"After allegations of rape resurfaced, The Queen Latifah Show has opted not to have comedian Bill Cosby on the show," Philiana Ng reported Thursday for the Hollywood Reporter. "Cosby, prepping a stand-up comedy tour, was originally scheduled to appear on the daytime talk show, but has postponed an interview with Queen Latifah two weeks after comedian Hannibal Buress called the 77-year-old comedian 'a rapist' during an Oct. 16 Philadelphia show. . . ."
"Edna Schmidt returns to Univision Chicago… but this time, as part of a story," Veronica Villafañe reported Friday on her Media Moves site. "Starting next Monday, November 3, the station will be running a 5-part series with a half-hour Saturday special about women and alcoholism, and Edna is the centerpiece. Edna, the founding anchor of Univision Chicago's newscast, shares her story about her own struggles with alcohol on 'Mi Verdad: Edna Schmidt.' . . ."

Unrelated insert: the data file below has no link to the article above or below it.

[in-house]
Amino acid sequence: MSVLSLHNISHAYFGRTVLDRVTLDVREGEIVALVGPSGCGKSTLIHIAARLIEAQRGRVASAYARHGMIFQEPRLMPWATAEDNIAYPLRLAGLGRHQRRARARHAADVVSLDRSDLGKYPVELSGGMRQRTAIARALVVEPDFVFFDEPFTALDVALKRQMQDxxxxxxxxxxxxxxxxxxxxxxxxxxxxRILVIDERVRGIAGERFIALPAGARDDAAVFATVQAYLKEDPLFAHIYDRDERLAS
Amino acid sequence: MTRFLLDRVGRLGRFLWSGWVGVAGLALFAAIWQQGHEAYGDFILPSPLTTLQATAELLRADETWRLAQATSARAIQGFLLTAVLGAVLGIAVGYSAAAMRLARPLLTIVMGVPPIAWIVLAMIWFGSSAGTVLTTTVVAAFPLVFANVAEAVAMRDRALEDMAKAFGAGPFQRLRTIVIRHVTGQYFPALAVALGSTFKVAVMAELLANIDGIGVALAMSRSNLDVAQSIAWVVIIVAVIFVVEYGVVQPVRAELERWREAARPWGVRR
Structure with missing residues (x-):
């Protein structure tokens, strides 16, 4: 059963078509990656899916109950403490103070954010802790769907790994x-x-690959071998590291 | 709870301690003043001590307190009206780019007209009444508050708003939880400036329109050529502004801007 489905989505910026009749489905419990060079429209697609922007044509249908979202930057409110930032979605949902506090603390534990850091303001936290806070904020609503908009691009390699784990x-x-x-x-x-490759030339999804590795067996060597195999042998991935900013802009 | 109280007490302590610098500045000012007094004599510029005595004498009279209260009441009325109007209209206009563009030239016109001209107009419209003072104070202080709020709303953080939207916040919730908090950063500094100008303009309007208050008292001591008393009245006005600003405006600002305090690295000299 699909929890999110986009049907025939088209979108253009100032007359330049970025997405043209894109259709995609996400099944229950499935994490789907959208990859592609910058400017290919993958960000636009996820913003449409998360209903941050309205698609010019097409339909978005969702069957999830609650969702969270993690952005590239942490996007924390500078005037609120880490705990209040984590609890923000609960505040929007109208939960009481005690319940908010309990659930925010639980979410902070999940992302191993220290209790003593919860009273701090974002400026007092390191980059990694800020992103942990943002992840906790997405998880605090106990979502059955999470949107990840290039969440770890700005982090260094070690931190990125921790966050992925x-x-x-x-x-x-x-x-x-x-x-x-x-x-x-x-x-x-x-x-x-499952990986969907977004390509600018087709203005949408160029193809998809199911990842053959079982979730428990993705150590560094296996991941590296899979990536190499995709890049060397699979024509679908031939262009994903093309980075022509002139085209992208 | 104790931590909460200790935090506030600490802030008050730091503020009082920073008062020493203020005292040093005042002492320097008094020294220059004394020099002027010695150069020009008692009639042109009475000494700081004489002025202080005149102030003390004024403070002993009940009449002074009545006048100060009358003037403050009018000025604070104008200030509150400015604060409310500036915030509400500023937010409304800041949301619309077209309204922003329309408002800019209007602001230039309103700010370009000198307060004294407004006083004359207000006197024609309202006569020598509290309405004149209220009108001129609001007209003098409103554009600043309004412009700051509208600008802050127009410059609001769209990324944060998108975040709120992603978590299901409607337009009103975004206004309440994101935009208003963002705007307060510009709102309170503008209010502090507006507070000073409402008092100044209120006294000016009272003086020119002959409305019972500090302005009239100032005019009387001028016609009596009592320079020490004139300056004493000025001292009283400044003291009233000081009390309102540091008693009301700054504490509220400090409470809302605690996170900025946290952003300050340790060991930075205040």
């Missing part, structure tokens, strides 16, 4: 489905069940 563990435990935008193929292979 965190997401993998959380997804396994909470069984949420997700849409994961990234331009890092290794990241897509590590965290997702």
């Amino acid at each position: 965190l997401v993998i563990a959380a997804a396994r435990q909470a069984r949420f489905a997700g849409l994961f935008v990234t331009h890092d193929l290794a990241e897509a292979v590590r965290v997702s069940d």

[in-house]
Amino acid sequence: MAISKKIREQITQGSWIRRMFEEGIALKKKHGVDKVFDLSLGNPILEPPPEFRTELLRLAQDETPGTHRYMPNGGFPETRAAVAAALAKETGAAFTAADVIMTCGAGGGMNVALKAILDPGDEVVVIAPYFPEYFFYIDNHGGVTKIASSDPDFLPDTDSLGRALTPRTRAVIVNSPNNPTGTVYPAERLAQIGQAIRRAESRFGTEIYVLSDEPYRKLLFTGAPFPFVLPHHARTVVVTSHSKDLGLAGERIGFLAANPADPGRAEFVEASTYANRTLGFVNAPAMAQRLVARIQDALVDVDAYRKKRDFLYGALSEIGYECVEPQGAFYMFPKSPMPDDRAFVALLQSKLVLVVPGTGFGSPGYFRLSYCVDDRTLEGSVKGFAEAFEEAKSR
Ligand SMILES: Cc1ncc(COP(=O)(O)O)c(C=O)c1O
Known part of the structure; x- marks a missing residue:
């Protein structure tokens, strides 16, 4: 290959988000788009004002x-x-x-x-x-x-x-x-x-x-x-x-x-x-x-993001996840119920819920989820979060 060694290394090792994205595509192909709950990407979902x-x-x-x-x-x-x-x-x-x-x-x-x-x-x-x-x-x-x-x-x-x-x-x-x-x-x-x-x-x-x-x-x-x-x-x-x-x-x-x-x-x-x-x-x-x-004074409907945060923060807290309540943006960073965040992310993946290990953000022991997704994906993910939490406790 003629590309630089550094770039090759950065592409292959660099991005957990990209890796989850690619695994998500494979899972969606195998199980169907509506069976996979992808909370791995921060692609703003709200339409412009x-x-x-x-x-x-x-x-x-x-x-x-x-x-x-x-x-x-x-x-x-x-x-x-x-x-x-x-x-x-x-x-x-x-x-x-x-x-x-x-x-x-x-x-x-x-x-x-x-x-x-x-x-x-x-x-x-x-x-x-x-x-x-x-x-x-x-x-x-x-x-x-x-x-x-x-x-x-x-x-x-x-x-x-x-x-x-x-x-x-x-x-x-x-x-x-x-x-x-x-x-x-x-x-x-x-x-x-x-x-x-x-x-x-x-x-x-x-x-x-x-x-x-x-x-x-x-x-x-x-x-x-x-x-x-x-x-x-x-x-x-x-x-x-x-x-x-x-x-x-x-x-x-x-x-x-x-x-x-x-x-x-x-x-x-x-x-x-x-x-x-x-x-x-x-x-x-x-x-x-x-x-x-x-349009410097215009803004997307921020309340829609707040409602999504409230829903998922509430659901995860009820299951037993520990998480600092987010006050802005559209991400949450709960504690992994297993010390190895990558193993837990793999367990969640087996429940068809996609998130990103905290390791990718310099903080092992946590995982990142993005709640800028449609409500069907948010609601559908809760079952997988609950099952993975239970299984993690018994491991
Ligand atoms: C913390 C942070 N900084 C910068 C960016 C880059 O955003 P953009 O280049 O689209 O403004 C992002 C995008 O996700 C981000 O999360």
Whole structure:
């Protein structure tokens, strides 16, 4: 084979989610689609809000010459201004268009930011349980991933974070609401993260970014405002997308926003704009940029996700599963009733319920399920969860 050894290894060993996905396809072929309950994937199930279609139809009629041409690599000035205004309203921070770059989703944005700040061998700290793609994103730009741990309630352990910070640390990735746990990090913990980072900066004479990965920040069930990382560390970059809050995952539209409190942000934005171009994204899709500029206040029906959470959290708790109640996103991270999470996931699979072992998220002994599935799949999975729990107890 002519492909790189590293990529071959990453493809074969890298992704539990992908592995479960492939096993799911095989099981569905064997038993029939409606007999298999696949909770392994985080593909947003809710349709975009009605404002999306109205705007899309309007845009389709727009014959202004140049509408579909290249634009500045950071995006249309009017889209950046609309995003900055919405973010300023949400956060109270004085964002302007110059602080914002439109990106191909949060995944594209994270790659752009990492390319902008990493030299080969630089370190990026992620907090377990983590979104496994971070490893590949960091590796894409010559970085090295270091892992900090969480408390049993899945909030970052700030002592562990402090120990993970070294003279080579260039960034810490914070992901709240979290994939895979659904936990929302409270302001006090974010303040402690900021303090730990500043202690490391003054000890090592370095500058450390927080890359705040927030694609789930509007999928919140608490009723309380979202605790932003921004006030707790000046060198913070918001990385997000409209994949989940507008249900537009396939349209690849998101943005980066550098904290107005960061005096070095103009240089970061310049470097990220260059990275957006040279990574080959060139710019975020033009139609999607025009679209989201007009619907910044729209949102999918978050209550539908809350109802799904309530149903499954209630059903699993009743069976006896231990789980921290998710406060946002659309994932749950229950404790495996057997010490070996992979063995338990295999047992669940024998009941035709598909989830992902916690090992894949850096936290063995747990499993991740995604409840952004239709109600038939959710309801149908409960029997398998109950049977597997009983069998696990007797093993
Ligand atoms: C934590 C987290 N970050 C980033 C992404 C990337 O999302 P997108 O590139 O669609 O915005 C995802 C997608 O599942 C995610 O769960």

"Veteran broadcaster Rafa 'El Alcalde' Hernández Brito will be doing the play-by-play Spanish-language narration of the Cleveland Cavaliers 2014-15 regular and post-season games," Veronica Villafañe reported Wednesday on her Media Moves site. "This will mark the first time in club history that Cavs games will be broadcast in a second language. . . ."
Sean Jensen, former Chicago Bears/NFL beat writer for the Chicago Sun-Times, was last in this space in December, when he became executive editor of a Minneapolis-based startup sports site, Thrive Sports. Jensen started in September as an NFL columnist for the Bleacher Report and in October as a columnist for RantSports.